No, it’s not that I’ve given up on this ‘posting every day’ thing after only a week. I’ve decided taking weekends off is a good idea and yesterday I was sick and figured you didn’t want to hear all about my body doing all the things that bodies do when they’re sick.
For the record, it wasn’t Ebola. Of course it wasn’t Ebola. Ebola has killed exactly one person in the United States. That was in Texas. I’m in Washington State. There is virtually zero chance for me to get Ebola any time soon. The same is true for you.
And yet, if we go by media coverage, Ebola is EVERYWHERE and we’re all in constant danger of getting Ebola. A recent poll shows that nearly 40% of Americans are ‘very concerned’ about a major Ebola outbreak in America. In Maine, a teacher who attended a seminar in Dallas, miles from the nearest of the three infected patients has been placed on leave out of fear of Ebola. Again, there have been THREE cases in the entire country of 280 million people and only one death. To put this in perspective, there have been more Popes in the last three years than there have been deaths in America from Ebola.
Hunter S. Thompson’s final book of original material was called The Kingdom of Fear. The title refers to post-9/11 America. We are told over and over again what we need to fear whether it’s mass shooters, ISIS, or Ebola. Each of these things make for great television. They all pass the old ‘If it bleeds, it leads’ test. And they all have virtually zero chance of having a direct impact on your average American unless of course you include the fear of these things.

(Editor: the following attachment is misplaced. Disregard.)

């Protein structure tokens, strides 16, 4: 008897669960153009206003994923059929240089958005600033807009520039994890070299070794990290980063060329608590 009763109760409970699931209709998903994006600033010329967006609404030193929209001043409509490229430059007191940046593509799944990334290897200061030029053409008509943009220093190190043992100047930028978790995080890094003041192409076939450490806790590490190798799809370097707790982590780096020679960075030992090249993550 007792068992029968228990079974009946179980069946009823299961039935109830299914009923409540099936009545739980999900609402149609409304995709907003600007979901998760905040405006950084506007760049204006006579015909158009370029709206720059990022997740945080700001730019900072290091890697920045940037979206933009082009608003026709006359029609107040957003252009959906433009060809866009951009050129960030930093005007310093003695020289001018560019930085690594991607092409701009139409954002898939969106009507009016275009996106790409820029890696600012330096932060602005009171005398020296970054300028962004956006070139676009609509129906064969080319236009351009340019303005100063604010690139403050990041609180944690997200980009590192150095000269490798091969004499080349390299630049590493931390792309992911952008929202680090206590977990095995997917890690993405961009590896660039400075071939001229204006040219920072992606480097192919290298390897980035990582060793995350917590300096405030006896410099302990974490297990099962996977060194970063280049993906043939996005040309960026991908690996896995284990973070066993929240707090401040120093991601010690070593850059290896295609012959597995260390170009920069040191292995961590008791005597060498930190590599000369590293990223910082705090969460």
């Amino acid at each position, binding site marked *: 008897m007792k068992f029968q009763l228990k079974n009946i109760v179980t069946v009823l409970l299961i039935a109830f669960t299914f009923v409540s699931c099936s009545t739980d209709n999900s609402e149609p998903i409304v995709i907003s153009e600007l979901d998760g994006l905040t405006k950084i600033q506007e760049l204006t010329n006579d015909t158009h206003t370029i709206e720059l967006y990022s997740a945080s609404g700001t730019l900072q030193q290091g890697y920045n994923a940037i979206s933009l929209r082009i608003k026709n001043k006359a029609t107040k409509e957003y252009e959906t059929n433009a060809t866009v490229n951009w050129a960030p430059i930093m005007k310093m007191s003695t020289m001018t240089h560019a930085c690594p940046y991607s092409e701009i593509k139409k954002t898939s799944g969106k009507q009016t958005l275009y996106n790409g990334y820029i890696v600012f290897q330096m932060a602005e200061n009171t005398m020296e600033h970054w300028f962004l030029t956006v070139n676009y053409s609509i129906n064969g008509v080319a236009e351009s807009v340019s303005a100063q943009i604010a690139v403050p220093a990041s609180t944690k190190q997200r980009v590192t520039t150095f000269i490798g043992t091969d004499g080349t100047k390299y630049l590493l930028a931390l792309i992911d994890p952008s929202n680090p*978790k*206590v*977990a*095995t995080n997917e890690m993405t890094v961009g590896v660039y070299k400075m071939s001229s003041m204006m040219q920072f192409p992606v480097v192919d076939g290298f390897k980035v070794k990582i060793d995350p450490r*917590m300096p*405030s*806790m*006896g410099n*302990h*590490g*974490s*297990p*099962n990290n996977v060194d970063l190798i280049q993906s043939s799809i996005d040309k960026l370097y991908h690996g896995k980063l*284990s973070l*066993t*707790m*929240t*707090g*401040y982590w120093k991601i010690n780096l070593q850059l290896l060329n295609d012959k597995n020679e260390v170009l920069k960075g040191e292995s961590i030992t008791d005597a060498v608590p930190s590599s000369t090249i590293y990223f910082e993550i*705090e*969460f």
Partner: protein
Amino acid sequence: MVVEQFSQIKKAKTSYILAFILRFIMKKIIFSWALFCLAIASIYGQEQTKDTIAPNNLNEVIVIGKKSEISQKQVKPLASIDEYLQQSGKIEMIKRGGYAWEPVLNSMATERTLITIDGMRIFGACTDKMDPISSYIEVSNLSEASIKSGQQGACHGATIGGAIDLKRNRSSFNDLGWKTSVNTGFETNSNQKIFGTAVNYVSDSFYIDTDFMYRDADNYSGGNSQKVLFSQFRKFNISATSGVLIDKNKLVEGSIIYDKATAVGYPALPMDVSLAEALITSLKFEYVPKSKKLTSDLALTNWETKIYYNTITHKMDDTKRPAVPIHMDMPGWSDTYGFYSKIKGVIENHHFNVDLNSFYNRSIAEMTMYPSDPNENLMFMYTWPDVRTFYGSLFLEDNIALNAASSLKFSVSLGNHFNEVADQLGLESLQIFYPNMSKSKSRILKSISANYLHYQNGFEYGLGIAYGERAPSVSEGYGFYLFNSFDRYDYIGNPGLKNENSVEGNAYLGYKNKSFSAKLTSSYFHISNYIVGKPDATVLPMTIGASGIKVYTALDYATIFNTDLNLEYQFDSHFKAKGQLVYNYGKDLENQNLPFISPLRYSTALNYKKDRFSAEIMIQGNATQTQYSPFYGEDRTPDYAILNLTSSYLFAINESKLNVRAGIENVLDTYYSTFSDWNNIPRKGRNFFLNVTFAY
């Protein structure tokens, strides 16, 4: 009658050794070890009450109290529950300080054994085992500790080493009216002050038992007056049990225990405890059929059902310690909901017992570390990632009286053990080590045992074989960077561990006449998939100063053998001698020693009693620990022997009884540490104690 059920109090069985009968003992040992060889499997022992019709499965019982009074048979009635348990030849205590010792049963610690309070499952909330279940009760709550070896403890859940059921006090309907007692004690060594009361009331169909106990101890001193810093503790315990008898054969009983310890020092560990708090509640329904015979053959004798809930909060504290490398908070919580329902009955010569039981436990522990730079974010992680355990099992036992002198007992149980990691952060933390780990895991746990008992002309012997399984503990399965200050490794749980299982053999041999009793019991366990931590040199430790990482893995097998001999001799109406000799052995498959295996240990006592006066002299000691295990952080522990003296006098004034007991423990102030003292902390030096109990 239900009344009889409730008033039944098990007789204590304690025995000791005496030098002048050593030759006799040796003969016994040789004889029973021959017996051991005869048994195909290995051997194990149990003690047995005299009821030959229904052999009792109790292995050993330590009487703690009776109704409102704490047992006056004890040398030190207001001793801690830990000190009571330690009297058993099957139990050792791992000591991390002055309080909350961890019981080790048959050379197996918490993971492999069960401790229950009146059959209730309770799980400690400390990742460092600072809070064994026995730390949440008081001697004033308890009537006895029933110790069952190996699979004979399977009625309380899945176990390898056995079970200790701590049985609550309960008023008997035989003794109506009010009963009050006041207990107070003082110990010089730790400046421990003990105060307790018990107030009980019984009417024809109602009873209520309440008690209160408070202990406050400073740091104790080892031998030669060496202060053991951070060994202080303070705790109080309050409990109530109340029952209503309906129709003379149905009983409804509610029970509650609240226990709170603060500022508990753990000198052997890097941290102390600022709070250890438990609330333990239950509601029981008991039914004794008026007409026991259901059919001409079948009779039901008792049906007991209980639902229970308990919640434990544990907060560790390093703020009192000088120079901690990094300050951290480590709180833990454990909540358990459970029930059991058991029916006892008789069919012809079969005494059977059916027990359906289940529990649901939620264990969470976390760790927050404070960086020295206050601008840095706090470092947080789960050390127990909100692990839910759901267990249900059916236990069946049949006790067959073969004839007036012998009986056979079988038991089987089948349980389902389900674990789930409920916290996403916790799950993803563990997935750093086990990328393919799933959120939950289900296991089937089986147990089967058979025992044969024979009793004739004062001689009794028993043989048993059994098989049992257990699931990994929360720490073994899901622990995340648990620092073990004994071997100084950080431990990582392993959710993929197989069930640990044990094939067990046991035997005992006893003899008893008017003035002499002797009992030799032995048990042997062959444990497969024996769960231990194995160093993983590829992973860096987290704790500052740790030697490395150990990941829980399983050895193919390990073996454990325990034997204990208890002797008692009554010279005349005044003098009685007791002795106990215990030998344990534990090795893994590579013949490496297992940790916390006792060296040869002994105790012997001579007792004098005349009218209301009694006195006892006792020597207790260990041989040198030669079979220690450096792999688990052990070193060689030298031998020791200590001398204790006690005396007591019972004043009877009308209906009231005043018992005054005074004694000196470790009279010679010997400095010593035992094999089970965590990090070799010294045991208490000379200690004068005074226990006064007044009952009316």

This isn’t to say that things like Ebola or ISIS or mass shootings aren’t bad. They are. And there are definitely things that we as a country should do about them. However, if you are not directly involved in these things, there is no reason for these things to occupy much headspace and you sure as hell have better things to spend your time worrying about.
The problem is that the news doesn’t really get anything out of telling you, “You are eight times more likely to get married to Larry King than you are to die of Ebola in America.” At that point, any further talk of Ebola likely isn’t going to interest you all that much. Whereas going into detail on how death from Ebola happens and how there’s the faint possibility that someone on an airplane somewhere might have Ebola and they could be ANYWHERE is much more likely to make you keep watching.
So what’s to be done? A friend of mine recently asked people on Facebook where they might find an unbiased source of news that wasn’t part of some partisan agenda. No one had a good answer for them. The solution I’ve found is simply to not allow fear to dictate your feelings on a given topic. If you find that there’s a lot of fear about something in the media, take a closer look. Do the numbers match up to the hysteria? Is this thing directly affecting you in any way right now? If not, what chance is there that they will? Rather than buying into headlines that end in question marks like “Does A Missing Passenger On A Plane Have Ebola?” Ask questions of your own.
– Jack Cameron